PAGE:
Muhammad Ali and three surprising amigos

Dear Editor,

In April, Muhammad Ali said goodbye to his friend Prince. Almost 30 years before he said goodbye to another music legend, Elvis Presley.

Elvis, Howard Cosell and Malcolm X were three of his most famous and surprising friendships.

Both Elvis and Ali were both born in January on opposite sides of the track in the Jim Crow South. Elvis was raised in a Christian home and went into the military after becoming a star. Cassius Clay converted to the Nation of Islam after rejecting a racist society made up of so-called Christian.

A white policeman told the young Clay to become a boxer, while the intoxicating magic and power of black music captivated young Elvis. Neither Elvis nor Ali denied the influence of other races on their road to fame.

Once after a tour in Hawaii, Elvis presented Ali with a robe that was encrusted with diamonds and rhinestones. Another boxing champion requested a robe from Elvis saying he too was a champion. Elvis told him “no” and said in reference to Ali: “You ain’t that kind of champion.” When others said Elvis was a racist, Ali said Elvis was one of the sweetest and humble men he had ever met.

When Elvis died in 1977 Ali wrote, “People don’t realize what they had till it’s gone. Like President Kennedy, there was no one like him, the Beatles, and my man Elvis Presley. I was the Elvis of boxing.”

Cosell and Muhammad Ali both changed the landscape of sports and pop culture. Word masters who battled each other like a street Ninja and a tank, their conversations made you grab a dictionary and hold your sides from laughing so hard. Ali was the first rapper—the Louisville Lip—who burst on the scene in the Rome Olympics. Cosell, a stone-faced eastern intellectual who gave quarter to no one when he was behind the microphone, made Monday Night Football into must see TV.

When Cosell and Ali got together it was lyrical devastation. No two opposites every expressed such comedic and entertaining discords.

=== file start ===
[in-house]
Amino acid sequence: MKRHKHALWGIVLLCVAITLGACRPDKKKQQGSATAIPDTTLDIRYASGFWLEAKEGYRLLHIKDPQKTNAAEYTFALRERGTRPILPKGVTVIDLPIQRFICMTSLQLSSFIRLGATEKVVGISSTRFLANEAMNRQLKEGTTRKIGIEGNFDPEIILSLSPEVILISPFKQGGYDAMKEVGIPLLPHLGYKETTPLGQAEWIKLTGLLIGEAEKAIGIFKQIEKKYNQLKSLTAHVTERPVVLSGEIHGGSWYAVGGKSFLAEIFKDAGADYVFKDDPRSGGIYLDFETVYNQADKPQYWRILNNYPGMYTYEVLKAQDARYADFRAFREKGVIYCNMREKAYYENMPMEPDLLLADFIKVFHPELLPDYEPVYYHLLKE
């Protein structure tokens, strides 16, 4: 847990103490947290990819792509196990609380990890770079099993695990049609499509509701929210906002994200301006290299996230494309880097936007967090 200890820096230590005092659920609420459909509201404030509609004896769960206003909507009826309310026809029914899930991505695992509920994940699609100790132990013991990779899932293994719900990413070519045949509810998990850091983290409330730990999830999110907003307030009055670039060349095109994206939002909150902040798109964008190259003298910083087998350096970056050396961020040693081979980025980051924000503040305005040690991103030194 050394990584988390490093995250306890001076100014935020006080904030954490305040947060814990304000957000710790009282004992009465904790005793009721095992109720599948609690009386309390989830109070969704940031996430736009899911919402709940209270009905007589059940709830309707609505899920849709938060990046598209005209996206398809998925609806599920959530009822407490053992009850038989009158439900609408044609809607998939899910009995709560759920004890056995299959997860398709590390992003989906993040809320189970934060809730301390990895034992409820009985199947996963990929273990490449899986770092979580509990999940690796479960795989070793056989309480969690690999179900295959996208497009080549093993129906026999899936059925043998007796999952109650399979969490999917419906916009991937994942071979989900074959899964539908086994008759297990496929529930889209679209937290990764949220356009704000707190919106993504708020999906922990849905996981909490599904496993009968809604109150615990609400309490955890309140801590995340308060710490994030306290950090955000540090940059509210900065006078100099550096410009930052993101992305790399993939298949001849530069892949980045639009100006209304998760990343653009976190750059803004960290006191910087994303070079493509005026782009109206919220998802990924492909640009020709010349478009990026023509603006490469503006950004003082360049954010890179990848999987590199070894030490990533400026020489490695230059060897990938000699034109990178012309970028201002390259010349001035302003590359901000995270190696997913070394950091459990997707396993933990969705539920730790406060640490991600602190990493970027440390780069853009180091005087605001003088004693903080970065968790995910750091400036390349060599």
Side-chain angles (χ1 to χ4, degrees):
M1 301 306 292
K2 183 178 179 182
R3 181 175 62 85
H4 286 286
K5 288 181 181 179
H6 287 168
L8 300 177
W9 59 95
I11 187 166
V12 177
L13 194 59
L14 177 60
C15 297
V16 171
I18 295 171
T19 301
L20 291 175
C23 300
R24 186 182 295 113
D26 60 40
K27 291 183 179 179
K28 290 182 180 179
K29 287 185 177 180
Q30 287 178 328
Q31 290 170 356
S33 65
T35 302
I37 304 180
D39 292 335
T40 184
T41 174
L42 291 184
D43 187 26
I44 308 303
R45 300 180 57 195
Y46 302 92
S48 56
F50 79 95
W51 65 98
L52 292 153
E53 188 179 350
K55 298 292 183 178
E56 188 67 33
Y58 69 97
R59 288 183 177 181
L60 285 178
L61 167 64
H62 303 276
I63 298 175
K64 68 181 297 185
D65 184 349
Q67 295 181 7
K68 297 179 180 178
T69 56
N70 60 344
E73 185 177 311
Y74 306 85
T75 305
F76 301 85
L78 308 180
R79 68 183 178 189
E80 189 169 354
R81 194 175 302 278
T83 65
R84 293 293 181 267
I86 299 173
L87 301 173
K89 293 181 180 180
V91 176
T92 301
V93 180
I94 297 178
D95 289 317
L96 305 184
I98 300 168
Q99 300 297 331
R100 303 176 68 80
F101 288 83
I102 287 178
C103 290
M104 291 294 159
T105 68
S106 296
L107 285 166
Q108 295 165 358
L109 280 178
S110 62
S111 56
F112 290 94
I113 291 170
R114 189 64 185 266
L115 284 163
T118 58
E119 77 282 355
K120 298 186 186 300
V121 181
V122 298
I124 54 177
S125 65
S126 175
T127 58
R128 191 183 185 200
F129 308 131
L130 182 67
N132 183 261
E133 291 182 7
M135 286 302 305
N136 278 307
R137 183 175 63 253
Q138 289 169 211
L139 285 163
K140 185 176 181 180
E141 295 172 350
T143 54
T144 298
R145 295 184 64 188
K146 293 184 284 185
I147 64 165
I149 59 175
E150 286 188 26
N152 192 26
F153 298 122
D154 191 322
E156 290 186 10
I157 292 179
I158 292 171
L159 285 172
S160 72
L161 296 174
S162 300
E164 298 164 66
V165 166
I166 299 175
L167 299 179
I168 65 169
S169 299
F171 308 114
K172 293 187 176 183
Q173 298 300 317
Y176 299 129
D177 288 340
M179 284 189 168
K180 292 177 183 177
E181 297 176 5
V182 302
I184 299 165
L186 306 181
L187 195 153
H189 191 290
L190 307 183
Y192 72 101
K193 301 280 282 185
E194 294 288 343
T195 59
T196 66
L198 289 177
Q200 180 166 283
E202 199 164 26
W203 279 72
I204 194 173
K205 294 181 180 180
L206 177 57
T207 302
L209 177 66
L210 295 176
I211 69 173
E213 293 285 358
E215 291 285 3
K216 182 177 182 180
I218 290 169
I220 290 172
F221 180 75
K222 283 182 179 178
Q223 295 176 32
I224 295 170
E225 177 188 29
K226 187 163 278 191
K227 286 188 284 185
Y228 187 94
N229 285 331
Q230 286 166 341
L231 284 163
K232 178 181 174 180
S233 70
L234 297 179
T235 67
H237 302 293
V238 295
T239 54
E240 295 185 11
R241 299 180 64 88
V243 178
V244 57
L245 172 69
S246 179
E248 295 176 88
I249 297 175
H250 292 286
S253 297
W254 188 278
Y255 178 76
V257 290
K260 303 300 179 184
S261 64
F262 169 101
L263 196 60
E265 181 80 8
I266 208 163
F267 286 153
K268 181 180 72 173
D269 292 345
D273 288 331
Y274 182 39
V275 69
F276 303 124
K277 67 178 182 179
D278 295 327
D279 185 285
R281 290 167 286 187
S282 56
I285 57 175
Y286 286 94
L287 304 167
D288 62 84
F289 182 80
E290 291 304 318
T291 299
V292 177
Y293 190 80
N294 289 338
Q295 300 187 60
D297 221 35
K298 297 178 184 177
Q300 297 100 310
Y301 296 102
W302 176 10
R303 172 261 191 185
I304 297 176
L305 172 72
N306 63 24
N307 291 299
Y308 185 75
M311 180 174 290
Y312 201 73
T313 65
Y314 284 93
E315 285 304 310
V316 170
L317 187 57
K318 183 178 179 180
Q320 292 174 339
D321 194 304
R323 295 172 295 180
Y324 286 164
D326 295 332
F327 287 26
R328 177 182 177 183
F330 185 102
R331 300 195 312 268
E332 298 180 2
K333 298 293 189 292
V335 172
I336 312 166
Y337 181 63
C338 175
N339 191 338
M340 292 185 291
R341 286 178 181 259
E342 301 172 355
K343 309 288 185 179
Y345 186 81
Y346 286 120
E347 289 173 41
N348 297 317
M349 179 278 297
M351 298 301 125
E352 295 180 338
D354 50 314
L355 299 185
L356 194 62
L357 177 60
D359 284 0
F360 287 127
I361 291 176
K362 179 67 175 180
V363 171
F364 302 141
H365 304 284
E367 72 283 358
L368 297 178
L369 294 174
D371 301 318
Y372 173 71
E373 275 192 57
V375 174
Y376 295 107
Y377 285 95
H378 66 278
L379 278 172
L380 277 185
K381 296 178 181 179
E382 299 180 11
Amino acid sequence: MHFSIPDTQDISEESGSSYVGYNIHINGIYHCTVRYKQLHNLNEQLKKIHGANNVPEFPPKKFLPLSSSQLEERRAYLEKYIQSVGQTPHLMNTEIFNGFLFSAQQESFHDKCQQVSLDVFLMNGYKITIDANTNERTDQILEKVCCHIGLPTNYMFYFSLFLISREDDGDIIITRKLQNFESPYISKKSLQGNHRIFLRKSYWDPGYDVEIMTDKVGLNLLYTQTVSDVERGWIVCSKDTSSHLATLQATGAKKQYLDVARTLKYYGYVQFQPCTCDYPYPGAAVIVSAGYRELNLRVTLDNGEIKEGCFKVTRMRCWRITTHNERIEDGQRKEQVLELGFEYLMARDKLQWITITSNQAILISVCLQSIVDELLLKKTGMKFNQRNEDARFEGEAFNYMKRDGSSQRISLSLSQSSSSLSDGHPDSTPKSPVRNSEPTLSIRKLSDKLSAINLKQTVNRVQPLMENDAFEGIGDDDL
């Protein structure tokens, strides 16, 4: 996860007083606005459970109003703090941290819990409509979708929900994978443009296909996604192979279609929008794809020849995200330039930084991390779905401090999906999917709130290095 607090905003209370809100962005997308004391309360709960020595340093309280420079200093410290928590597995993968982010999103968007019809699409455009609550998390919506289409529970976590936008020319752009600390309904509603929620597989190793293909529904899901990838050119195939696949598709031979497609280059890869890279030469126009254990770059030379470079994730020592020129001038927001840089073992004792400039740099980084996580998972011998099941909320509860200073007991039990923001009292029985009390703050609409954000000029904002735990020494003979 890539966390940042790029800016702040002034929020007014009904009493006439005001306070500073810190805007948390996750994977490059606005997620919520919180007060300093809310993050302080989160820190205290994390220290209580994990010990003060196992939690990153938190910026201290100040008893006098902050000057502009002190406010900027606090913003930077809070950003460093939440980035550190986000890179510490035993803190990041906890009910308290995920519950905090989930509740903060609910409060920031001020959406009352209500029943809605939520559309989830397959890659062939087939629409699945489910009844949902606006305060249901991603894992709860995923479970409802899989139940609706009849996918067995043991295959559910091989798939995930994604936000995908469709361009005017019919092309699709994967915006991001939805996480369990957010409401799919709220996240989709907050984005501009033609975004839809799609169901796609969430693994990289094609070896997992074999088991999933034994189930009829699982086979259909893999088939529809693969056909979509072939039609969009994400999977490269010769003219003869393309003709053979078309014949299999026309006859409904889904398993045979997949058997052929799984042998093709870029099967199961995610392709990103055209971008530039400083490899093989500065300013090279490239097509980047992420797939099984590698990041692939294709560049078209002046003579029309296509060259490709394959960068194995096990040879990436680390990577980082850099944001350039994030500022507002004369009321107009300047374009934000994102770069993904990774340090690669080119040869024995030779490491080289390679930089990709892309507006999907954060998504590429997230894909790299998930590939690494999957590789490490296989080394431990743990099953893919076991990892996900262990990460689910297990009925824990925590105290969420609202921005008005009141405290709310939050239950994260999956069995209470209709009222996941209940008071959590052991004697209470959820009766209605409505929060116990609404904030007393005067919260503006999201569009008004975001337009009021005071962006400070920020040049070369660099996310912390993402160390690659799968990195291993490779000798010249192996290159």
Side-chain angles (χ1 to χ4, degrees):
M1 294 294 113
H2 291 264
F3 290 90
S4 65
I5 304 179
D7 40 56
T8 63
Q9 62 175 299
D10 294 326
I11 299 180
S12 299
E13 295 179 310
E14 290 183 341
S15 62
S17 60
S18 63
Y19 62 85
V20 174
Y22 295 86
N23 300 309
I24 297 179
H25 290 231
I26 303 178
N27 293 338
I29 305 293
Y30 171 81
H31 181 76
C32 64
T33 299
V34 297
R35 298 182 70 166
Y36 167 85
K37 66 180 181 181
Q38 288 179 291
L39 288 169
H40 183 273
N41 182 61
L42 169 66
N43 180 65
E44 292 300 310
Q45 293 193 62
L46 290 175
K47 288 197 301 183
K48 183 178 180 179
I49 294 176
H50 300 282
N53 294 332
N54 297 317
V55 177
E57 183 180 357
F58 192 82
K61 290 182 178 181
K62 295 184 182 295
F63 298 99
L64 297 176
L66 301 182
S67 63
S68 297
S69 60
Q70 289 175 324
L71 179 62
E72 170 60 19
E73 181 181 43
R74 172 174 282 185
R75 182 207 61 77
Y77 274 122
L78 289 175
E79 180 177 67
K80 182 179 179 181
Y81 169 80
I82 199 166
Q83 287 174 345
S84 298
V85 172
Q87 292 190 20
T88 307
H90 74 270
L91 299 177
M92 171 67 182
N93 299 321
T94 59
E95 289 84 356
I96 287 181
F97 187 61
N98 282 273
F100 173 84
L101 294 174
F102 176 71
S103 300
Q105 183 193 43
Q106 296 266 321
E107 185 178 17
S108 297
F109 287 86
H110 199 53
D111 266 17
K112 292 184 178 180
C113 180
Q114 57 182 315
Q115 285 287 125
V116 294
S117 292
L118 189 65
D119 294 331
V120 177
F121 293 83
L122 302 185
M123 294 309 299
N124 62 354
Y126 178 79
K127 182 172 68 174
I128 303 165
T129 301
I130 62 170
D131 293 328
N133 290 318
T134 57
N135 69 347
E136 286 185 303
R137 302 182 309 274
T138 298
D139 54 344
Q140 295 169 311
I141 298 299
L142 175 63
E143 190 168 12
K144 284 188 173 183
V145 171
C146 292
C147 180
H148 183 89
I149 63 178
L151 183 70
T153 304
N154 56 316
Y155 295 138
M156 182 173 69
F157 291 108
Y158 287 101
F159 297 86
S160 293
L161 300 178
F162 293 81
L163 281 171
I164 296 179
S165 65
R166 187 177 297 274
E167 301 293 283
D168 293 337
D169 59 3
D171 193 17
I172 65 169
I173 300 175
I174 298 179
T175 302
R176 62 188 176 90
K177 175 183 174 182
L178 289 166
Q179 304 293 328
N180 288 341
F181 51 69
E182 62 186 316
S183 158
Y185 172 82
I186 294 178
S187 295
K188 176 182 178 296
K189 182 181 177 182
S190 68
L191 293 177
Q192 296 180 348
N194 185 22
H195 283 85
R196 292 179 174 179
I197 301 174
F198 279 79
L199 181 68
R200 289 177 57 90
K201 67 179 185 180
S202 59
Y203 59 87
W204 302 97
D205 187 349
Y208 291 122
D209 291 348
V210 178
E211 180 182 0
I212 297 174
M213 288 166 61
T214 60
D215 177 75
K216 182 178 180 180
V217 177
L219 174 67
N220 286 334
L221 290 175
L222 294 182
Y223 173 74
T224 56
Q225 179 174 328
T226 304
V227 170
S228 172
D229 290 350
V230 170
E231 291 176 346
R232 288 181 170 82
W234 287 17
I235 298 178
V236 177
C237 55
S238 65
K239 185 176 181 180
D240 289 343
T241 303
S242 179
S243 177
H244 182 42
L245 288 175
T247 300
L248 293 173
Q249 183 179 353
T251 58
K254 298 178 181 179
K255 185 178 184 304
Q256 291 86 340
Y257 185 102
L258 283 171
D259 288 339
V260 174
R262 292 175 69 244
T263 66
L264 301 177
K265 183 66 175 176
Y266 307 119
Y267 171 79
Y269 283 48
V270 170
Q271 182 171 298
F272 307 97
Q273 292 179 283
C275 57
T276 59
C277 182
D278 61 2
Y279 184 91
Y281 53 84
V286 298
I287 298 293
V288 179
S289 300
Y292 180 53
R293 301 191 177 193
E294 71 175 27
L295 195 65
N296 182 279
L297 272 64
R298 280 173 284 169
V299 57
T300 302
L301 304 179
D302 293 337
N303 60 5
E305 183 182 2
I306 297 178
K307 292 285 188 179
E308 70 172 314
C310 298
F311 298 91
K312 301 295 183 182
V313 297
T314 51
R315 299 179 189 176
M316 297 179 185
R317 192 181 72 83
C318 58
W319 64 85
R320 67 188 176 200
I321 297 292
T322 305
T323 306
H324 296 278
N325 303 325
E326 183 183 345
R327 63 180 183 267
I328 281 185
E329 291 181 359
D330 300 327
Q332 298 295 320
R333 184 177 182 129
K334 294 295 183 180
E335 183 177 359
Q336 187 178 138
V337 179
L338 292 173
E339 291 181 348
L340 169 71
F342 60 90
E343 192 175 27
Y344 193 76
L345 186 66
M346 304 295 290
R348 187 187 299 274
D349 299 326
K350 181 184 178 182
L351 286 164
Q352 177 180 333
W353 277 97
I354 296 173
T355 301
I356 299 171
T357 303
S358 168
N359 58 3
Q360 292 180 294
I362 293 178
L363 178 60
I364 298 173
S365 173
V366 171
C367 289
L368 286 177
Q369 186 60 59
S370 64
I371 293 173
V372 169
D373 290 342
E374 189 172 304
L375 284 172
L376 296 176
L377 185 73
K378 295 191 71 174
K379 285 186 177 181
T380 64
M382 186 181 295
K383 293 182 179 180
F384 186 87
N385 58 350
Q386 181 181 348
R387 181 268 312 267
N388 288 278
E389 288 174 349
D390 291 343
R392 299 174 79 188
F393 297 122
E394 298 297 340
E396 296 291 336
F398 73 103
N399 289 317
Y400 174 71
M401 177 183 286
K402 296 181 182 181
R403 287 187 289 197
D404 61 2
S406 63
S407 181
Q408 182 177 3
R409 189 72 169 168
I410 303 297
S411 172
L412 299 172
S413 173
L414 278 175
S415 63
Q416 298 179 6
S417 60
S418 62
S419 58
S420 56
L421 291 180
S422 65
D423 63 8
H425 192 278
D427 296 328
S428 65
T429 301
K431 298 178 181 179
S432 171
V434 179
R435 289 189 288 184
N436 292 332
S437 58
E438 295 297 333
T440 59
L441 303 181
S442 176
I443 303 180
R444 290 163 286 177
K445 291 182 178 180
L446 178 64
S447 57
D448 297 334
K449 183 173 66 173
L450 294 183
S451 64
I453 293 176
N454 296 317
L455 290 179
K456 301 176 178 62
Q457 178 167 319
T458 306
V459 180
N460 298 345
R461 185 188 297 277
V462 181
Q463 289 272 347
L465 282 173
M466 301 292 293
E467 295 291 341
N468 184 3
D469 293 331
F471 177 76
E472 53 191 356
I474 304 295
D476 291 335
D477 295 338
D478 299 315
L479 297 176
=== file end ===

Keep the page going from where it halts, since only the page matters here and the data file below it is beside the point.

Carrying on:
The verbal interactions between these two were so entertaining that they made one comedian, Billy Crystal, famous for doing impressions of them.

Ali and Cosell’s careers proved that in America different religious faiths can not only coexist but become legendary. When Ali refused to fight as a Muslim, the Jewish Cosell came to his defense. Cosell reminded all Americans that religious freedom was not just a slogan.

Ali’s willingness to give up all for his principles transformed him from sports star to the face of American conscience.

Malcolm X was a teacher, a big brother figure and guiding light for Ali. He became entangled in a struggle between his spiritual father Elijah Muhammad and his spiritual brother Malcolm X. As a new convert he sided with the father figure.

Malcolm X later left the Nation of Islam and embraced the struggle for human rights and Ali completed his spiritual evolution and just like Malcolm X became an orthodox Muslim, embracing all people.

Malcolm X became the symbol of black pride and manhood, and Ali picked up the torch. They both taught us you could be black and proud, black and pretty and black with stretchered hands to all of God’s children.


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